Cities are focal points of introduction for invasive species. Urban evolution might facilitate the success of invasive species in recipient urban habitats. Here we test this hypothesis by rearing tadpoles of a successful amphibian urban coloniser and invader in a common garden environment. We compared growth rate, morphological traits, swimming performance, and developmental rate of guttural toad tadpoles (Sclerophrys gutturalis) from native rural, native urban, and non-native urban habitats. By measuring these traits across ontogeny, we were also able to compare divergence across different origins as the tadpoles develop. The tadpoles of non-native urban origin showed significantly slower developmental rate (e.g., the proportion of tadpoles reaching Gosner stage 31 or higher was lower at age 40 days) than tadpoles of native urban origin. Yet, tadpoles did not differ in growth rate or any morphological or performance trait examined, and none of these traits showed divergent ontogenetic changes between tadpoles of different origin. These findings suggest that prior adaptation to urban habitats in larval traits likely does not play an important role in facilitating the invasion success of guttural toads into other urban habitats. Instead, we suggest that evolutionary changes in larval traits after colonization (e.g., developmental rate), together with decoupling of other traits and phenotypic plasticity might explain how this species succeeded in colonising extra-limital urban habitats.

2021 ◽  
Vol 12 ◽  
Hong-Wei Shan ◽  
Shu-Sheng Liu

Insects commonly harbor maternally inherited intracellular symbionts in nature, and the microbial partners often exert influence on host reproduction and fitness to promote their prevalence. Here, we investigated composition of symbionts and their biological effects in the invasive Bemisia tabaci MED species of a whitefly complex. Our field surveys revealed that populations of the MED whitefly, in addition to the primary symbiont Portiera, mainly contain two secondary symbionts Hamiltonella, which is nearly fixed in the host populations, and Cardinium with infection frequencies ranging from 0 to 86%. We isolated and established Cardinium-positive and Cardinium-free whitefly lines with a similar nuclear genetic background from a field population, and compared performance of the two whitefly lines. The infection of Cardinium incurred significant fitness costs on the MED whitefly, including reduction of fecundity and egg viability as well as delay in development. We then selectively removed Hamiltonella from the Cardinium-free whitefly line and compared performance of two whitefly lines, one harboring both Portiera and Hamiltonella and the other harboring only Portiera. While depletion of Hamiltonella had little or only marginal effects on the fecundity, developmental rate, and offspring survival, the Hamiltonella-free whitefly line produced very few female offspring, often reducing the progeny female ratio from about 50% to less than 1%. Our findings indicate that the varying costs and benefits of the association between these two symbionts and the MED whitefly may play an important role in shaping their differential prevalence in the field.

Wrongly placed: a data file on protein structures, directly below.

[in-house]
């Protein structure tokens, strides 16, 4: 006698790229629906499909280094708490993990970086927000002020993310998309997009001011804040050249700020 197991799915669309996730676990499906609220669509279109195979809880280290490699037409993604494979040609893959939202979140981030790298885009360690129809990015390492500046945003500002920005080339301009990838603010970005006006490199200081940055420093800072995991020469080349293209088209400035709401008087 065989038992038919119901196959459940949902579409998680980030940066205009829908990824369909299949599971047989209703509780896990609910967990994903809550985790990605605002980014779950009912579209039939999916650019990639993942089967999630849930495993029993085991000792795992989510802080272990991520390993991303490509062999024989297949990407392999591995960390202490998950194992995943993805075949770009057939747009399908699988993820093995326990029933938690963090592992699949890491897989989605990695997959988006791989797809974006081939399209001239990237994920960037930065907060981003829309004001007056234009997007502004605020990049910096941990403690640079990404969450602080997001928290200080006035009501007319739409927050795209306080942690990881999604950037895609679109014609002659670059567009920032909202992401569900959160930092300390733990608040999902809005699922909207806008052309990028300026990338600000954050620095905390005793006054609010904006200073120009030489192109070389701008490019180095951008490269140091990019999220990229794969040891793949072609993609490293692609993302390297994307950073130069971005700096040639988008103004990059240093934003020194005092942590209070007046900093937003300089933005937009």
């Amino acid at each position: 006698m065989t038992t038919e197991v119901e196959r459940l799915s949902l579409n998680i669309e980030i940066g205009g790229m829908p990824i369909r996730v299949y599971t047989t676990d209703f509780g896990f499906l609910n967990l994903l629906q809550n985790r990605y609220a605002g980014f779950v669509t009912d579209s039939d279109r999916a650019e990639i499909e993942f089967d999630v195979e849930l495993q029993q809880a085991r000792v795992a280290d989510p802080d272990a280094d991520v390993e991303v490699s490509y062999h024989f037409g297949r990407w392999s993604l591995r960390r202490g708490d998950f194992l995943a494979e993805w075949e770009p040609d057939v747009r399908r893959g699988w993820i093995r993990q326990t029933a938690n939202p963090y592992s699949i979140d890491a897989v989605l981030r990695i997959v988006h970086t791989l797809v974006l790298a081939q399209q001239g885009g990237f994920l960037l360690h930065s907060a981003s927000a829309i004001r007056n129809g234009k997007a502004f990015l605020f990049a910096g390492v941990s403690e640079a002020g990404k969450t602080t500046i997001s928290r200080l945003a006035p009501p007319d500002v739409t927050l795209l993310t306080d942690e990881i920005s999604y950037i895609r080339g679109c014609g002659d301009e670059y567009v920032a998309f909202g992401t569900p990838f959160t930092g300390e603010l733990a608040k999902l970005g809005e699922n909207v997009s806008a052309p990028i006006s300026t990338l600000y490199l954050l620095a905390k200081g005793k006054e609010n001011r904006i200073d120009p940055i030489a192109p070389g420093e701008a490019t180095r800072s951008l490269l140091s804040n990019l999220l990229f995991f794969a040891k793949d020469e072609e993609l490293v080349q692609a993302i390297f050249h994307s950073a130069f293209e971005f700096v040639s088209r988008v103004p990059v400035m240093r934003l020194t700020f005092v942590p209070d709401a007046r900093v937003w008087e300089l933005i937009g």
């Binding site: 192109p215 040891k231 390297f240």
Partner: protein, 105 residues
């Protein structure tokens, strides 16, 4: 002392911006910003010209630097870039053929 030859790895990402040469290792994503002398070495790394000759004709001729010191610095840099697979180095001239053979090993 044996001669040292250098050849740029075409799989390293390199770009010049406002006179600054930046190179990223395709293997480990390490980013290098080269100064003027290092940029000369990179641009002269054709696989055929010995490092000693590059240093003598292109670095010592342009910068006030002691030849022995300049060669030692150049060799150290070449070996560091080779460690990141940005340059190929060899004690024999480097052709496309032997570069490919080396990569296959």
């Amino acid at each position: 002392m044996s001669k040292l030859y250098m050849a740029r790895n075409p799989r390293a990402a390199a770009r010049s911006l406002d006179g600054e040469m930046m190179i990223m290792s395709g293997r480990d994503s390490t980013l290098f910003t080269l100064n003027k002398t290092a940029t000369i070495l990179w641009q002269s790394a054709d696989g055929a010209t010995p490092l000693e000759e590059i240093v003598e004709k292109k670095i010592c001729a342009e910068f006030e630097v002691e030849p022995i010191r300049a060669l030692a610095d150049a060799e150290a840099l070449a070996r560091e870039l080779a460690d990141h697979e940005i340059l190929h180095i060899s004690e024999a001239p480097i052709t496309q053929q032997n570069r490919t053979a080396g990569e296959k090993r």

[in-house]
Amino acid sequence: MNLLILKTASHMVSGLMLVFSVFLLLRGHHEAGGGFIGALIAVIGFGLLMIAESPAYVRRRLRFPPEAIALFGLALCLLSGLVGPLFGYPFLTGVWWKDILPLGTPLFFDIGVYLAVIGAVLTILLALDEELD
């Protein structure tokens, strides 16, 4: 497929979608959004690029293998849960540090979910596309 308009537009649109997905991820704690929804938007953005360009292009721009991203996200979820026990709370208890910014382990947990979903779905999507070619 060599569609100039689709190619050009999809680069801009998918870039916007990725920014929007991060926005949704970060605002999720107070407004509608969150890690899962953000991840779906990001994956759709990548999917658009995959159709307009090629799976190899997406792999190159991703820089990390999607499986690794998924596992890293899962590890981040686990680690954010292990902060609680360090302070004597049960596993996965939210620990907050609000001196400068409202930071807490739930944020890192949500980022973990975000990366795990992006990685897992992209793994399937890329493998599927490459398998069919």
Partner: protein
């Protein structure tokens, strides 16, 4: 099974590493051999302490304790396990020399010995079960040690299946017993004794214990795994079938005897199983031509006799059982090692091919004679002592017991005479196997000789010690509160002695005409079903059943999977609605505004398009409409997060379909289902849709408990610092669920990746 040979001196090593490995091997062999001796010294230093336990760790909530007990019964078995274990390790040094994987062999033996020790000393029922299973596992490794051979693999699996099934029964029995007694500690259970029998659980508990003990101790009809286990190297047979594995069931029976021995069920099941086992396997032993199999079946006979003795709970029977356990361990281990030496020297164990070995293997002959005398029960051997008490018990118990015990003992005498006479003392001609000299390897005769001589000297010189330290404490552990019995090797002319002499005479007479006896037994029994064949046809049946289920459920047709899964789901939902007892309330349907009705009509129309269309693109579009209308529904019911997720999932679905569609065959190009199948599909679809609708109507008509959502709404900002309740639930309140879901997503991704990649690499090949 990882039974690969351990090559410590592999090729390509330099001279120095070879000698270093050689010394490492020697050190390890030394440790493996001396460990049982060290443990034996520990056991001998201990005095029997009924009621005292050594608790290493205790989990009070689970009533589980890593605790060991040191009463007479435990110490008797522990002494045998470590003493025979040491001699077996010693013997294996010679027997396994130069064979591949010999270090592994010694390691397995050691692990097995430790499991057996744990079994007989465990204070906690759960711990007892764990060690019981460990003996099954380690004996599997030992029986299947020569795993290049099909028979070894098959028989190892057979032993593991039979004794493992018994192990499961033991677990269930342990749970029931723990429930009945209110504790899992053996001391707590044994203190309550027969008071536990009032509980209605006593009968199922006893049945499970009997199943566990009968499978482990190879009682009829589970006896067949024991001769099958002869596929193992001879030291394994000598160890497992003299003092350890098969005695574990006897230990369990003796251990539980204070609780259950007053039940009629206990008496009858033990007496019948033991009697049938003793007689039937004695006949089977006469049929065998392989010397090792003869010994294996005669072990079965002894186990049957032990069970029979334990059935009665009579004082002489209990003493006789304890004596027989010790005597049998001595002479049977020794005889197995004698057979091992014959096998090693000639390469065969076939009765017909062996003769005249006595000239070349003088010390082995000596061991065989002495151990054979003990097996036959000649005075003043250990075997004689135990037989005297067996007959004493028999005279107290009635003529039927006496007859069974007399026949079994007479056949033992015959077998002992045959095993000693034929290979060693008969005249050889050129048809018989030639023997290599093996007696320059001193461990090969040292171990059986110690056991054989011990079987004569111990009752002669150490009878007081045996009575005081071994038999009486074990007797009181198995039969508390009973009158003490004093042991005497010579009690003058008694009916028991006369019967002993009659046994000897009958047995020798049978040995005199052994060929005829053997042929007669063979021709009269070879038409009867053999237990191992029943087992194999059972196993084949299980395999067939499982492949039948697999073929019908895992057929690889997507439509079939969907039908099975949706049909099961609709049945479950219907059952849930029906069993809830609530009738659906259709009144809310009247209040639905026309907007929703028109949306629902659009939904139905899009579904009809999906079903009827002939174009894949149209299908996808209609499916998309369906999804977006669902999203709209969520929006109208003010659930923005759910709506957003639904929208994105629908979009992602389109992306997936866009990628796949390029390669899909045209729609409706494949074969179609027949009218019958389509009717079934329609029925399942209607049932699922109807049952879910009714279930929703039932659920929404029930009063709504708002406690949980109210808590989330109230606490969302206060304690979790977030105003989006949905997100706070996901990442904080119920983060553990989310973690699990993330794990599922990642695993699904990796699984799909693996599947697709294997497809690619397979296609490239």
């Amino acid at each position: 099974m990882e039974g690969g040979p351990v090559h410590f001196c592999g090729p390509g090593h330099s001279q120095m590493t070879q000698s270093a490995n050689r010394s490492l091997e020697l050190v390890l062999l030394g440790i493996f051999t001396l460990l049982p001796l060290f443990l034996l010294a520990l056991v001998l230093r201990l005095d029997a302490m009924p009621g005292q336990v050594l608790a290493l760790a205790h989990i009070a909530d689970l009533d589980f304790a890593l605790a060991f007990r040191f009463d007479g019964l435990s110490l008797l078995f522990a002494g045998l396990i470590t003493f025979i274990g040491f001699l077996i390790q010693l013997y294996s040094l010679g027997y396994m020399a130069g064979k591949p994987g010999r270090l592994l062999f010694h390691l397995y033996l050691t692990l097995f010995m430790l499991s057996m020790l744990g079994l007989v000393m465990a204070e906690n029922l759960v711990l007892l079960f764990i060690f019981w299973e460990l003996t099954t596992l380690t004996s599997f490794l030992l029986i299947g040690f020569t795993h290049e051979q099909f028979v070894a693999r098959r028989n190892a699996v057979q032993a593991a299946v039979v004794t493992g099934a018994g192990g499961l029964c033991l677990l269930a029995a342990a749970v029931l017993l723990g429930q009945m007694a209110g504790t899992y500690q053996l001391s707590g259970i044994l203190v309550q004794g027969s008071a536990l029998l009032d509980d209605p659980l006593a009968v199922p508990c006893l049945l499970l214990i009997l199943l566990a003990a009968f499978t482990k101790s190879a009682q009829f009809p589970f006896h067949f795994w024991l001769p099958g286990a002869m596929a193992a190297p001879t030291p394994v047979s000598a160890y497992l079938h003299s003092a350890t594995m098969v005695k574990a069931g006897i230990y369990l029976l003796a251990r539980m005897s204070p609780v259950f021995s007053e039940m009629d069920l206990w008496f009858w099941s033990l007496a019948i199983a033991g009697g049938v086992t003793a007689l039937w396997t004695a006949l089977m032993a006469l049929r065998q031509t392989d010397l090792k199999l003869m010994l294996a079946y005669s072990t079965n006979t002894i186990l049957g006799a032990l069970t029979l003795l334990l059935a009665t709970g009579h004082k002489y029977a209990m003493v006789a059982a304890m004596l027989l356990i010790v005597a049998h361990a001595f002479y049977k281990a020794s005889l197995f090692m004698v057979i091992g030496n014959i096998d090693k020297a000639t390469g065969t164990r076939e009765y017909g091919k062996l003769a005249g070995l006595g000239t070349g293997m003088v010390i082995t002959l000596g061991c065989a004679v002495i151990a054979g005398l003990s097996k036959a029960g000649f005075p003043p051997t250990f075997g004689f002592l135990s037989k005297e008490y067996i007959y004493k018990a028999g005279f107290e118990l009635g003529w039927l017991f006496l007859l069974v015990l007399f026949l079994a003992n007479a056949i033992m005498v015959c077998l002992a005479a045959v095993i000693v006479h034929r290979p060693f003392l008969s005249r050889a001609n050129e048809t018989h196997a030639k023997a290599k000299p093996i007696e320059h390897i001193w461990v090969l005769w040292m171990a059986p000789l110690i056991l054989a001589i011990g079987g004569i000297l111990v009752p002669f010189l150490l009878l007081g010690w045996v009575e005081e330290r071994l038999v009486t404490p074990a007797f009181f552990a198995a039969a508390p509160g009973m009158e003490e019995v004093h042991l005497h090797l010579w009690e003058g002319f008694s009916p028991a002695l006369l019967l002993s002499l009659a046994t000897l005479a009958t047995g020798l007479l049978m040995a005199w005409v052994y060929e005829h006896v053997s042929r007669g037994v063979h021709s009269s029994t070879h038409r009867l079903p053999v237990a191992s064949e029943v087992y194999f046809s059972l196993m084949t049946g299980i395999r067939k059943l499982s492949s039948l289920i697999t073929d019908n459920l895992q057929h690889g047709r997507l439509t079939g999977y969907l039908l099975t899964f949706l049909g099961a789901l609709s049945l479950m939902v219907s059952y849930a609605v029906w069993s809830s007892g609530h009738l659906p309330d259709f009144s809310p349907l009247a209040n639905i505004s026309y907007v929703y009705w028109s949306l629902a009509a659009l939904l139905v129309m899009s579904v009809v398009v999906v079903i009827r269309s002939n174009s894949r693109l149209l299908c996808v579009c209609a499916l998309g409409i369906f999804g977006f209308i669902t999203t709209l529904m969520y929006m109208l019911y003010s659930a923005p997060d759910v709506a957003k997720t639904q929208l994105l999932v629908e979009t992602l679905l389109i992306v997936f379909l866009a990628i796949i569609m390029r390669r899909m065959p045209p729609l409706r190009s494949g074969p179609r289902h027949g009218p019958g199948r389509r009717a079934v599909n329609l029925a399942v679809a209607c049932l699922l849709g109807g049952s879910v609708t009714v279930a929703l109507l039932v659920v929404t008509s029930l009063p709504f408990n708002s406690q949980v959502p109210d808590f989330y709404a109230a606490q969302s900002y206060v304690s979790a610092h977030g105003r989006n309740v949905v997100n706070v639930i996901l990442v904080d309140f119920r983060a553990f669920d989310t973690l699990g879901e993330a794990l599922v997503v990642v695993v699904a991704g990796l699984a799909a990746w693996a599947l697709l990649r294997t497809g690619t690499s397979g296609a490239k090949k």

Insects ◽  
2021 ◽  
Vol 12 (9) ◽  
pp. 833
Juan Zhang ◽  
Yayuan Tang ◽  
Jun Huang

The effects of high temperature on the developmental, morphological, and fecundity characteristics of insects, including biological invaders and their accompanying natural enemies, are clear. Phenacoccus solenopsis (Homoptera: Pseudococcidae) is an aggressive invasive insect pest worldwide. Aenasius bambawalei (=Aenasius arizonensis Girault) (Hymenoptera: Encyrtidae) is a predominant accompanying parasitoid of this mealybug. Our previous studies showed that temperature change induced an increase in the female offspring ratio of A. bambawalei. However, whether this increase is the result of a shortened or enhanced development period of the reproductive systems of A. bambawalei remains unknown. Here, we compared the pupal development, hind tibia of female adults, and fecundity of A. bambawalei under different temperatures to clarify the development and morphological changes induced by high temperature and to better understand its potential as an accompanying natural enemy. Our results showed that, at a high temperature (36 °C), the pupal developmental duration of A. bambawalei was only 0.80 times that of the control, and the length of the hind tibia was 1.16 times that of the control. Moreover, high temperature accelerated the developmental rate of gonads and increased the numbers of eggs and sperm. These results indicated that experimental warming shortened the pupal developmental duration, altered the hind tibia length of female adults, and facilitated the fecundity of A. bambawalei. These findings will help to understand the adaptation mechanisms of accompanying natural enemies. Furthermore, these findings will help to make use of this behavior to effectively control invasive pests.